Interpretation of the ECG
A systematic approach to the evaluation of the ECG will ensure against overlooking important abnormalities. The following
characteristics should be evaluated in every ECG. Familiarity with the normal parameters for the ECGs of the various species
is, of course, essential for accurate interpretation.
Determine the heart rate.
If the heart rate is regular, the number of small boxes (mm) between QRS complexes can be divided into 3,000 (at 50 mm/sec)
or 1,500 (at 25 mm/sec) to find the instantaneous heart rate. The heart rhythm in animals, especially in dogs, is frequently
irregular. In this circumstance the more accurate average heart rate is found by counting the number of beats in a known time
interval and multiplying appropriately. Single channel ECG paper on analog recorders is usually marked by a vertical line
at the top of the paper at 75 mm (1 mm = 1 small box) intervals. At a paper speed of 50 mm/sec, 75 small boxes (equivalent
to 15 large boxes) represent 1.5 seconds so the heart rate per minute can be calculated by counting the number of QRS complexes
in 1.5 seconds and multiplying by 40. At a paper speed of 25 mm/sec, 75 small boxes (15 large boxes) represent 3.0 seconds
and the number of QRS complexes in 3.0 seconds is multiplied by 20. Many of the newer digital ECG machines calculate heart
Determine the cardiac rhythm.
The heart's rhythm is evaluated by inspection of the ECG and the findings are correlated with the physical findings. Analysis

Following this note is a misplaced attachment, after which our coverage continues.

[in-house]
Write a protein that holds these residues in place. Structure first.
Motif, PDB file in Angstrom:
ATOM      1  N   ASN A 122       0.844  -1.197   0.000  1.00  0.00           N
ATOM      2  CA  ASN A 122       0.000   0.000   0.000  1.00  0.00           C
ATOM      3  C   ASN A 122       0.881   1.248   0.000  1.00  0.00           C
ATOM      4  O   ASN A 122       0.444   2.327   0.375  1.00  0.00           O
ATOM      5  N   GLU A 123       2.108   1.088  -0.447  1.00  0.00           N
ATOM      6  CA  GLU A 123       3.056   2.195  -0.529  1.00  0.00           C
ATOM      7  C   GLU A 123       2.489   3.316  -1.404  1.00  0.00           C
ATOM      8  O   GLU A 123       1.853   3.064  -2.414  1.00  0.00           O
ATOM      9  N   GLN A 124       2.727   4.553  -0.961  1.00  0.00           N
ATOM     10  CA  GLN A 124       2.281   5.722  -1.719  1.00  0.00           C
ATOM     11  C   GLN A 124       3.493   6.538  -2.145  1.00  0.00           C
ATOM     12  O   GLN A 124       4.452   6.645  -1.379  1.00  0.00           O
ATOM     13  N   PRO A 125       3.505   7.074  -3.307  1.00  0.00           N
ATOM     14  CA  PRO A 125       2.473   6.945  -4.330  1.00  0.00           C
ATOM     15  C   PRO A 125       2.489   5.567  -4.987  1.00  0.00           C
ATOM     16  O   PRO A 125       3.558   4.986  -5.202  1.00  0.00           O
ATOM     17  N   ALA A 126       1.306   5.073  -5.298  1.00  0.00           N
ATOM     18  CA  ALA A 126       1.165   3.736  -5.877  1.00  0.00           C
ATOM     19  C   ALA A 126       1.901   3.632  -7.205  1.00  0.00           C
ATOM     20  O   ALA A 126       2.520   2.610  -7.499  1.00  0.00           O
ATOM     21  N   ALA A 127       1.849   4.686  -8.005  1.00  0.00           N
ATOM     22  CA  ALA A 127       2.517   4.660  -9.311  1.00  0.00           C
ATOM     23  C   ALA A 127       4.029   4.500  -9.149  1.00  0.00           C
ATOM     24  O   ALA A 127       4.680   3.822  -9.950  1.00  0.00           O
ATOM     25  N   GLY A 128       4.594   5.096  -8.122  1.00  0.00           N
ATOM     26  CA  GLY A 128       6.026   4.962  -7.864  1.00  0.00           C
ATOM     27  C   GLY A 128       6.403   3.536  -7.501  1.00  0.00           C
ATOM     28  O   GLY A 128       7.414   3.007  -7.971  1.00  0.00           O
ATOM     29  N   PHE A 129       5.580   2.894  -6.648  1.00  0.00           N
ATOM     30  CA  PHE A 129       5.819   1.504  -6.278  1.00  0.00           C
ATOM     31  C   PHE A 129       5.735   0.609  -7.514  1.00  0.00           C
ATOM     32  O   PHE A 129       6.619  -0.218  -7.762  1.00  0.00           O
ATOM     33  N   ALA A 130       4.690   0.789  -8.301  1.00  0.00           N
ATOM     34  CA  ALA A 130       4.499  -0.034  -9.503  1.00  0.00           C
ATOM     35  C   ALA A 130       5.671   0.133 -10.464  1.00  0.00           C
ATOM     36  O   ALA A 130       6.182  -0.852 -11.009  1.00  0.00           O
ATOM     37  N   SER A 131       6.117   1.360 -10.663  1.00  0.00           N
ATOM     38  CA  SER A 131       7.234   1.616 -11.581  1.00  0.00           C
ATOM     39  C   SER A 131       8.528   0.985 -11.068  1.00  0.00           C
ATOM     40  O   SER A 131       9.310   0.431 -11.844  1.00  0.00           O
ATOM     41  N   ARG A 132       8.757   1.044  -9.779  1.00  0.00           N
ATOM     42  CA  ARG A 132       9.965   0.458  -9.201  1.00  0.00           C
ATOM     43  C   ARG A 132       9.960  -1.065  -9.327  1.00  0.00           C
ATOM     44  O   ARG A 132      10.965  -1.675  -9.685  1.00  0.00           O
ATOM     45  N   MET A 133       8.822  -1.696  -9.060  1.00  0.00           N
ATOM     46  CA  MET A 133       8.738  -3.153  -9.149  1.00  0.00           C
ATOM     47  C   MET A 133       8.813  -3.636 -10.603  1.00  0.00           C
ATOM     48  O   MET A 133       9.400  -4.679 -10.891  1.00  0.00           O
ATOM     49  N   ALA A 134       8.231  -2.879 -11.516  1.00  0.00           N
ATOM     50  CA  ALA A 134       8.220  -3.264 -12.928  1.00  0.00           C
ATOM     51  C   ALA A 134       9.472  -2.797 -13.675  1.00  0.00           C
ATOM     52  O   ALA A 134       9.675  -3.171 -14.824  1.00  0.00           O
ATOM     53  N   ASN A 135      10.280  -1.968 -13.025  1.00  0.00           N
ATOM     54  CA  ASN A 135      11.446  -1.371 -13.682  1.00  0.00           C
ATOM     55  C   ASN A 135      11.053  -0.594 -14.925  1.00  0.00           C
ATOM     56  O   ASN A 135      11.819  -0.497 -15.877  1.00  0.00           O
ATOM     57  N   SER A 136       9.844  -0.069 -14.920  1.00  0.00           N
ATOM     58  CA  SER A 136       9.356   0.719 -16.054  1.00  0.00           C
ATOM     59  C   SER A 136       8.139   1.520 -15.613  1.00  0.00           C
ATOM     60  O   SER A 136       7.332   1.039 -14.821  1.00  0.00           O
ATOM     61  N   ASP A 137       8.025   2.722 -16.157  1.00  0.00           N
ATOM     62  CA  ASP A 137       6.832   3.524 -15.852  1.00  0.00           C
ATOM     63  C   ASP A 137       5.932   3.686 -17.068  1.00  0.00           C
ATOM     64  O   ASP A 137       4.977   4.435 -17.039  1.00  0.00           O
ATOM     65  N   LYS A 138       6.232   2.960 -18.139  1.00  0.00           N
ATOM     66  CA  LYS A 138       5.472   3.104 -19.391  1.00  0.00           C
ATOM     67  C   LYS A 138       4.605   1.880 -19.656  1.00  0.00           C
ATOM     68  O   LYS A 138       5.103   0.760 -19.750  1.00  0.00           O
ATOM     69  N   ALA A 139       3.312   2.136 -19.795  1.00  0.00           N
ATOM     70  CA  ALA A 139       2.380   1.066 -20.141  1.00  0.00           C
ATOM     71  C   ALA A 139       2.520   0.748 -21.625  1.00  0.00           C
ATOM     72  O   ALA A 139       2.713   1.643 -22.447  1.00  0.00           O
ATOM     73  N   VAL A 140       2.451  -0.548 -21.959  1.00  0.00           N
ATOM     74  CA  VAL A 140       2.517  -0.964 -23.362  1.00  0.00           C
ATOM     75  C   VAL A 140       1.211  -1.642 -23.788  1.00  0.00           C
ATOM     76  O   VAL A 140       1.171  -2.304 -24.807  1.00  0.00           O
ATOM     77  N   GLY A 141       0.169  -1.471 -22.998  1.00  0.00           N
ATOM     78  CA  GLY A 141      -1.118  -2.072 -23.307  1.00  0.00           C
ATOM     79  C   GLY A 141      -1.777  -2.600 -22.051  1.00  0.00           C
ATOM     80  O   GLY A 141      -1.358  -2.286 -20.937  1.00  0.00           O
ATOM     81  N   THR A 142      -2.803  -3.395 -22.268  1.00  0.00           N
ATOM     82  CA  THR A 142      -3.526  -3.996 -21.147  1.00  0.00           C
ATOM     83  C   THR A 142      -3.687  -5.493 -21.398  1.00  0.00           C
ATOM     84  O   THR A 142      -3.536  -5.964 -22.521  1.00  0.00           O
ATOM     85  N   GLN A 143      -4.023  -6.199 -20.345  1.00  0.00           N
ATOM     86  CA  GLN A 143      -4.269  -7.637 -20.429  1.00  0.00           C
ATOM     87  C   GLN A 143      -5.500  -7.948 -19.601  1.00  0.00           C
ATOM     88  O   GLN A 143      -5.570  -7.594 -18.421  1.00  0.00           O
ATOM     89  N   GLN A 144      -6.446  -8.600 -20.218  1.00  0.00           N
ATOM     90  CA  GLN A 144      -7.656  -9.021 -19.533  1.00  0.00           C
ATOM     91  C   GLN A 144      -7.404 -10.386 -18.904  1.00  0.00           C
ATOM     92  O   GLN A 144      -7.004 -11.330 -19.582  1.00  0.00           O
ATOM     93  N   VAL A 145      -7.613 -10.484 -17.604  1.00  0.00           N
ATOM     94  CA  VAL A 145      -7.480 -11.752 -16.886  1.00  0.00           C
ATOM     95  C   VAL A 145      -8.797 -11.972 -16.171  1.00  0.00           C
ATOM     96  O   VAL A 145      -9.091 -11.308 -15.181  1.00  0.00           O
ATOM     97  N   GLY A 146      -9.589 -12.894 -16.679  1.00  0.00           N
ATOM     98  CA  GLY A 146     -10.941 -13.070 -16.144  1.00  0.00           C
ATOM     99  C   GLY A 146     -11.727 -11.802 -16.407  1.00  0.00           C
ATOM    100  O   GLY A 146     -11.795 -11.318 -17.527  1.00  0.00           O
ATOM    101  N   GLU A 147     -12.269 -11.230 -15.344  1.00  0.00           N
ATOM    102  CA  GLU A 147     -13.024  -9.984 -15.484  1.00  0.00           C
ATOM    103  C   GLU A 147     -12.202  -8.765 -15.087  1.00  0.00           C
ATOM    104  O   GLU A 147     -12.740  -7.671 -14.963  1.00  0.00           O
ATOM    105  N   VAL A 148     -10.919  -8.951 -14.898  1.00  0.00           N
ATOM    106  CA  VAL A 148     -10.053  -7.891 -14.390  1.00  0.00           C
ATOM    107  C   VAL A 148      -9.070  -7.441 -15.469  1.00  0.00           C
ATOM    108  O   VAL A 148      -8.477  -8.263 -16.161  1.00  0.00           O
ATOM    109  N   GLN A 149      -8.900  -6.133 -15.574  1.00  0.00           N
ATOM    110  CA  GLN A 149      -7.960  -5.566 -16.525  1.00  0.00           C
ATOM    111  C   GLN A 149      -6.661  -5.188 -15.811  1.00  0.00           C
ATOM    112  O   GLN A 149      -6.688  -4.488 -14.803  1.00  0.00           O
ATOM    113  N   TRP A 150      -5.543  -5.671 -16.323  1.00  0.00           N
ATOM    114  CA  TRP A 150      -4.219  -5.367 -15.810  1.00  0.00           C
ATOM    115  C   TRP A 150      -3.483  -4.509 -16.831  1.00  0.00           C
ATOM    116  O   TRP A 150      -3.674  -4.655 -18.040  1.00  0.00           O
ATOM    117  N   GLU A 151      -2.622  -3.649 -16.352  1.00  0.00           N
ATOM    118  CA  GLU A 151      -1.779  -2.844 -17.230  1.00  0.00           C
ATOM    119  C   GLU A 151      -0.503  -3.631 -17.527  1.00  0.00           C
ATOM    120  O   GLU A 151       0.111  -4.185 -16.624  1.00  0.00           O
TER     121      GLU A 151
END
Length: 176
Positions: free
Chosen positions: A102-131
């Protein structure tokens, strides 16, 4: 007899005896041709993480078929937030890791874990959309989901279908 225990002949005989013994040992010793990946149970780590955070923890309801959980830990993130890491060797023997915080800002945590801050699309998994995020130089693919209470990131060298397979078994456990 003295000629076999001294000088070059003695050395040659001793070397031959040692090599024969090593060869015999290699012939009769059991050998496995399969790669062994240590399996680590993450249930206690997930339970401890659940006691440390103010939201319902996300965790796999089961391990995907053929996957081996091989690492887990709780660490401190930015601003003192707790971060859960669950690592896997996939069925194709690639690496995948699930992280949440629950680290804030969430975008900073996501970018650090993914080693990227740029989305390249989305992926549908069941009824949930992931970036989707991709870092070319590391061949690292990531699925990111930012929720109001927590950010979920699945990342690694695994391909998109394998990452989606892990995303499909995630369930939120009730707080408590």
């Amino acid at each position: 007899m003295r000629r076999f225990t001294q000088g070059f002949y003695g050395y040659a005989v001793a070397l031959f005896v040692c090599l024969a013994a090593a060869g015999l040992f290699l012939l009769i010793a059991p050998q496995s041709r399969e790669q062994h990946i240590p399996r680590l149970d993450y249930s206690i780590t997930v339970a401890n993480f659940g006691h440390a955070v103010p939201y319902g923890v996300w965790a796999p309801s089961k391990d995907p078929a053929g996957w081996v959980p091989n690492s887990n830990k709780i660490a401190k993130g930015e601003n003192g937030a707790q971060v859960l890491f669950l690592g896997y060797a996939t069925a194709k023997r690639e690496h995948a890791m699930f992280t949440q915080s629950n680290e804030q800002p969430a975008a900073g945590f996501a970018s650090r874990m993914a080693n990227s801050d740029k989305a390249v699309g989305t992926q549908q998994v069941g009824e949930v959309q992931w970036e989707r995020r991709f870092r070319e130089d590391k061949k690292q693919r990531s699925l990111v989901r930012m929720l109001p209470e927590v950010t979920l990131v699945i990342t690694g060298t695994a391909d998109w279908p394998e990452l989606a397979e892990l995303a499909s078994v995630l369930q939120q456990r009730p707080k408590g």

of the heart's underlying rhythm should include the following steps.
• What is the rhythm (including the regularity and the relationship among complexes)?
- Regularly irregular with a consistent and repeating pattern to the variation in the rate?
- Irregularly irregular where the rhythm is chaotic and there is no pattern to the irregular nature of the rhythm?
- Paroxysmal (which is defined as a sudden outburst)? When applied to the ECG, a paroxysm refers to a series of
rapid ectopic beats, which begins and ends abruptly. The series may be as short as 3 beats or may last for minutes to hours.
- What is the relationship between the P and QRS complex? Is there a P wave for every QRS complex? Is there a QRS
complex for every P wave? Is the duration of time between the various components (P-R interval, Q-T interval) normal? Is the
duration of time between the various complexes consistent?
• Where do the cardiac impulses originate (site of origin)? The four possible choices include:
- The sinoatrial (SA) node
- The atria
- The atrioventricular (AV) node/junctional
- The ventricles and His-Purkinje system
Impulses originating from the SA node, atria or AV node are grouped together under the heading supraventricular while impulses
from the ventricles or His-Purkinje system are termed ventricular. Supraventricular beats should maintain a relatively tall,
upright and narrow QRS complex because the impulse must utilize the His-Purkinje system to transmit the impulse to the ventricles.
Therefore the ventricular muscle depolarizes uniformly with a set activation sequence. But when impulses arise from the ventricles
or terminal branches of the His-Purkinje system they are slowly transmitted from individual myocardial cell to myocardial
cell. This produces a relatively wide and bizarre QRS-T complex.